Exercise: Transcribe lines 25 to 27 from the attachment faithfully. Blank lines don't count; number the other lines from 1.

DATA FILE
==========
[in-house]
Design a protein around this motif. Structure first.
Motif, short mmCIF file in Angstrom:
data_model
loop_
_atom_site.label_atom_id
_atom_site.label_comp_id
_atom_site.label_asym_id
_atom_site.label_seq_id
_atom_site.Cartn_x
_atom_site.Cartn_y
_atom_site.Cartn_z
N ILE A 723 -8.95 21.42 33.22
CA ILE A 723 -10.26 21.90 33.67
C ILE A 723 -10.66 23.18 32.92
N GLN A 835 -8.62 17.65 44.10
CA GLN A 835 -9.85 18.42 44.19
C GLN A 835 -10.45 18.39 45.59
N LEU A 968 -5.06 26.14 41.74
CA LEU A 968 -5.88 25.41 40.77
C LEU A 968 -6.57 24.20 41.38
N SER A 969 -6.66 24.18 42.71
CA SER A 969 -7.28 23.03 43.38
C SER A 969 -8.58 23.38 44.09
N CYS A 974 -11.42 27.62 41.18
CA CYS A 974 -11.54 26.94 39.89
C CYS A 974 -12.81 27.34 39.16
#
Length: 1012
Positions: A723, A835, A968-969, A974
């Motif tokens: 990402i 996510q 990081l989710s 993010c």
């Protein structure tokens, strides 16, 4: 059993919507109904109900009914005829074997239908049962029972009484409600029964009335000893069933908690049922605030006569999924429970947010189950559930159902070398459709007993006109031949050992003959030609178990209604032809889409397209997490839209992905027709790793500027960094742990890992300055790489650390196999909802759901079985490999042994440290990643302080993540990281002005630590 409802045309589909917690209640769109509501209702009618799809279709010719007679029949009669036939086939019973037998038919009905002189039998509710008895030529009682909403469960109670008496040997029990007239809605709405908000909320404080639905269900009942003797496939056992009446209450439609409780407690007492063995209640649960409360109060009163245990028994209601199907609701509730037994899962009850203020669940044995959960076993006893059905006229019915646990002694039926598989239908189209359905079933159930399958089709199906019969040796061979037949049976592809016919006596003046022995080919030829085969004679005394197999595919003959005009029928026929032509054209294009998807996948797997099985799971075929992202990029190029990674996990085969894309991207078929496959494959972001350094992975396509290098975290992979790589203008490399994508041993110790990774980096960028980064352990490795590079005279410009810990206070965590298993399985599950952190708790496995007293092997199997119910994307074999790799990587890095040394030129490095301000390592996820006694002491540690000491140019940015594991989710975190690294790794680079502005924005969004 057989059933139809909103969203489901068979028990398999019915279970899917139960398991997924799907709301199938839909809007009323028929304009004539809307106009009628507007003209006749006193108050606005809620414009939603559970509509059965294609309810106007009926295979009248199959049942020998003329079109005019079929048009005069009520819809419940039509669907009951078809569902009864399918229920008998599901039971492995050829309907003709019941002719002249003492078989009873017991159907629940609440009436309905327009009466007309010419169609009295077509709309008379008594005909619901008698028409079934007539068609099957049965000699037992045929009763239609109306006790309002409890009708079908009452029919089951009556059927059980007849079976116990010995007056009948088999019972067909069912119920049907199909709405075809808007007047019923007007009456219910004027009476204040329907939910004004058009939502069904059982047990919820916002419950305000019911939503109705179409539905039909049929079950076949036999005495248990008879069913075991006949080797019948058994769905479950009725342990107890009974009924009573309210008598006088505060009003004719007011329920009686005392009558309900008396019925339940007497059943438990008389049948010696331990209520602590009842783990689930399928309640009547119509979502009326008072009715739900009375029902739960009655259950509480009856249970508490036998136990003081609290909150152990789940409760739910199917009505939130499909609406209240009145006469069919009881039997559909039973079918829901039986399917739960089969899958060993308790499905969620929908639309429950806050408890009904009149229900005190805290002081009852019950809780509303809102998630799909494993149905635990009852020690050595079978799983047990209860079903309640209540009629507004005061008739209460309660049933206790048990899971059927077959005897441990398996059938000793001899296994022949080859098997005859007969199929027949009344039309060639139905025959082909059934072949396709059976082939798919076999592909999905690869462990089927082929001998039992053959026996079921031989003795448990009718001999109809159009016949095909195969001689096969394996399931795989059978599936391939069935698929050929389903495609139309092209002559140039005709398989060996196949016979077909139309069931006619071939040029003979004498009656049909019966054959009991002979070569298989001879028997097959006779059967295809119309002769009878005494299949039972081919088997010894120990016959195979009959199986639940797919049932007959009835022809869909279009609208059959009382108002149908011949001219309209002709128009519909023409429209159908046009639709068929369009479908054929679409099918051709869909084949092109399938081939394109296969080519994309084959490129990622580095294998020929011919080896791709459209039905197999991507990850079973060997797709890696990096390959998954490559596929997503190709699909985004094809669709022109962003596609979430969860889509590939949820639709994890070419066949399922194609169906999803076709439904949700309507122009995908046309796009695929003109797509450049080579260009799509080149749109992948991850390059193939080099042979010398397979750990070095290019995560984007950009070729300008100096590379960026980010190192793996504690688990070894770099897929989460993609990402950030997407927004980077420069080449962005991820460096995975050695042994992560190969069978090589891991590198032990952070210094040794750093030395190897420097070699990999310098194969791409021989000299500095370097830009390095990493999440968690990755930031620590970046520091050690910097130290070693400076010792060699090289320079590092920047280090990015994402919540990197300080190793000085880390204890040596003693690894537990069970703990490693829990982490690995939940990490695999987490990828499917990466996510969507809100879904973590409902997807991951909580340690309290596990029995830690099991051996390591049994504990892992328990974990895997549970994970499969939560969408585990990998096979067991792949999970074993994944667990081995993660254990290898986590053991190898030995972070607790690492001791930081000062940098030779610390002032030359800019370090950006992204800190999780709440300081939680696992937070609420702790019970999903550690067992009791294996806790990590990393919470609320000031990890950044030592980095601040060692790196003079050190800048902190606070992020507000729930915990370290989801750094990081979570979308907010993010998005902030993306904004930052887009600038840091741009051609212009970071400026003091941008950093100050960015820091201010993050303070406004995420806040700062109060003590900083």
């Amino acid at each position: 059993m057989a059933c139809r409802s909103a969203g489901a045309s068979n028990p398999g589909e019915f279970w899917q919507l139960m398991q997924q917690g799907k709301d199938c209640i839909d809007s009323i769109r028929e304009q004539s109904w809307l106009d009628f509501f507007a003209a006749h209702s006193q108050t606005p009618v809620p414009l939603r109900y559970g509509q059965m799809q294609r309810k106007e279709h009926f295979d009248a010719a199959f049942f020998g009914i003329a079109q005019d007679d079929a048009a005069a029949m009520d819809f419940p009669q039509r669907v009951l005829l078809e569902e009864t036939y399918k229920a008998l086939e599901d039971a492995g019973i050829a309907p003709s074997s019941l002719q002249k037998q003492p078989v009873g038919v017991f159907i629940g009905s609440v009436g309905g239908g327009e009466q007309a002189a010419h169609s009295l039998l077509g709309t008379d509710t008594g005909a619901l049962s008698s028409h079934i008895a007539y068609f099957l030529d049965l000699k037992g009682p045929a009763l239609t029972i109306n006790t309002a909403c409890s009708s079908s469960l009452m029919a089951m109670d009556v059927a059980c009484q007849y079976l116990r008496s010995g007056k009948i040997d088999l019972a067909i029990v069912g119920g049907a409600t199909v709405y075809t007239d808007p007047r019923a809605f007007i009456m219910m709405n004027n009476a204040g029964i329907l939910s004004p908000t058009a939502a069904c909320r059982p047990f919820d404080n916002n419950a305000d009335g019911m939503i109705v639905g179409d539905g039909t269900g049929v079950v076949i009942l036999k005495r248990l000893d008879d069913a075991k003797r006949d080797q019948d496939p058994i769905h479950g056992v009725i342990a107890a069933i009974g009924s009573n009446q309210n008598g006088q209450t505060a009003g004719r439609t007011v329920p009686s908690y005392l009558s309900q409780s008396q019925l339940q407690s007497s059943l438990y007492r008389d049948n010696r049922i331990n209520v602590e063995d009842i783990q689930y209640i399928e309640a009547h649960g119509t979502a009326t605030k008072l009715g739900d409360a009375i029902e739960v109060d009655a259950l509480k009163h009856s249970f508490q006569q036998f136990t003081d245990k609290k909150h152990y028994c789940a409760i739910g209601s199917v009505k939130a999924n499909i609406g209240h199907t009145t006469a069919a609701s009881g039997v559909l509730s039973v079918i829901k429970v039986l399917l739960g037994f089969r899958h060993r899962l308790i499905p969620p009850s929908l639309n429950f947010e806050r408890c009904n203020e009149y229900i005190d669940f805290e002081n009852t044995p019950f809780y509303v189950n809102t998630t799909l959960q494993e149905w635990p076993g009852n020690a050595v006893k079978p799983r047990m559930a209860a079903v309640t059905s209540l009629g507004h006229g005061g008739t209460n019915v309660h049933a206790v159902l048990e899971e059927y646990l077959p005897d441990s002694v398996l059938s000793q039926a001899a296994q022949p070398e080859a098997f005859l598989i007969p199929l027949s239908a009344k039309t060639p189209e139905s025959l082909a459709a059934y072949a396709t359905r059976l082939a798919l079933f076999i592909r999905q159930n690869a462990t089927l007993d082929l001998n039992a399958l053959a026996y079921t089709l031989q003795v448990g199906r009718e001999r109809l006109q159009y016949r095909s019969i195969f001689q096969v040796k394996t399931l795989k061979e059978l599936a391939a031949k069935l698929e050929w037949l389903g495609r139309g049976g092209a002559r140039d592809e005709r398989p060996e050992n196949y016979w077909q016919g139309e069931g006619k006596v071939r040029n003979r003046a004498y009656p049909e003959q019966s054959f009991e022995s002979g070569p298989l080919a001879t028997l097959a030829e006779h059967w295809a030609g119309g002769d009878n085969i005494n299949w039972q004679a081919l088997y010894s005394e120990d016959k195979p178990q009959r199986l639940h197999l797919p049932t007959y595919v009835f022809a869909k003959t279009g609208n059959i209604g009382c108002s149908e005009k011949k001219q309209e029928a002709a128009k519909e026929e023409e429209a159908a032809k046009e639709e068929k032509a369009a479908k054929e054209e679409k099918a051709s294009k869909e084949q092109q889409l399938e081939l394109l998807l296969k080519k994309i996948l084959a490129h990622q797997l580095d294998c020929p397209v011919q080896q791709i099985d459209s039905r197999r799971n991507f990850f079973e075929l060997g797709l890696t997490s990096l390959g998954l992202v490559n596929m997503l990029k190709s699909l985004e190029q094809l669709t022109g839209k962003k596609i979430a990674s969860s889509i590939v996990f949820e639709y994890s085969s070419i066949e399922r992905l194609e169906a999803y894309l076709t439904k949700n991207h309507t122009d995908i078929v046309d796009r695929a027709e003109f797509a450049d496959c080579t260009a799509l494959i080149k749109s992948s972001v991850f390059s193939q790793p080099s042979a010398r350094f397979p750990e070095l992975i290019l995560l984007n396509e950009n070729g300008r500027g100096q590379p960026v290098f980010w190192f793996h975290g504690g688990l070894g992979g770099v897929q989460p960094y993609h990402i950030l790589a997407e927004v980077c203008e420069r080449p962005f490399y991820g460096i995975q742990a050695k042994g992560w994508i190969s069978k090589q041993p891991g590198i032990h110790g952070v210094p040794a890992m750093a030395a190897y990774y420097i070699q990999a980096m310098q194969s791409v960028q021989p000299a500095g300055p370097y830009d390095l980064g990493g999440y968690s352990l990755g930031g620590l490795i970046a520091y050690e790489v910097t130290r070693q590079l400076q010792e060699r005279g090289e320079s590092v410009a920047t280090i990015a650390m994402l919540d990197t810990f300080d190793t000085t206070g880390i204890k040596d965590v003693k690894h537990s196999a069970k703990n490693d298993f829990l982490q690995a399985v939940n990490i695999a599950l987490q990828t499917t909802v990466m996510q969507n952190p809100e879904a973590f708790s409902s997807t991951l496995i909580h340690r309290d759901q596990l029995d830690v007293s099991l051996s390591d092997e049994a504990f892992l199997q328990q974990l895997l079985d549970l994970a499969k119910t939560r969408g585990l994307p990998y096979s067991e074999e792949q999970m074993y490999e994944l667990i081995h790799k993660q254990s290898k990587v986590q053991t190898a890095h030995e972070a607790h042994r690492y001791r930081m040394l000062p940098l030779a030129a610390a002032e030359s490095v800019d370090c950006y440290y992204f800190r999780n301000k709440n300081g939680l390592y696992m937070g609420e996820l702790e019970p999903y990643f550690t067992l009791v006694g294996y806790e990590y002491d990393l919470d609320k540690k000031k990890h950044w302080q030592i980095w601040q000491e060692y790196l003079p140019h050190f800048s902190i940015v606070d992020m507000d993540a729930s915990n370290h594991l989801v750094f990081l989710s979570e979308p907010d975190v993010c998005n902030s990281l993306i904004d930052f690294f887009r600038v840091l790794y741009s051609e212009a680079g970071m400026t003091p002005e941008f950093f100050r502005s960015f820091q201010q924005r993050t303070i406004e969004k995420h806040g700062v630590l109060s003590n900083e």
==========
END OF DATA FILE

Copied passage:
N CYS A 974 -11.42 27.62 41.18
CA CYS A 974 -11.54 26.94 39.89
C CYS A 974 -12.81 27.34 39.16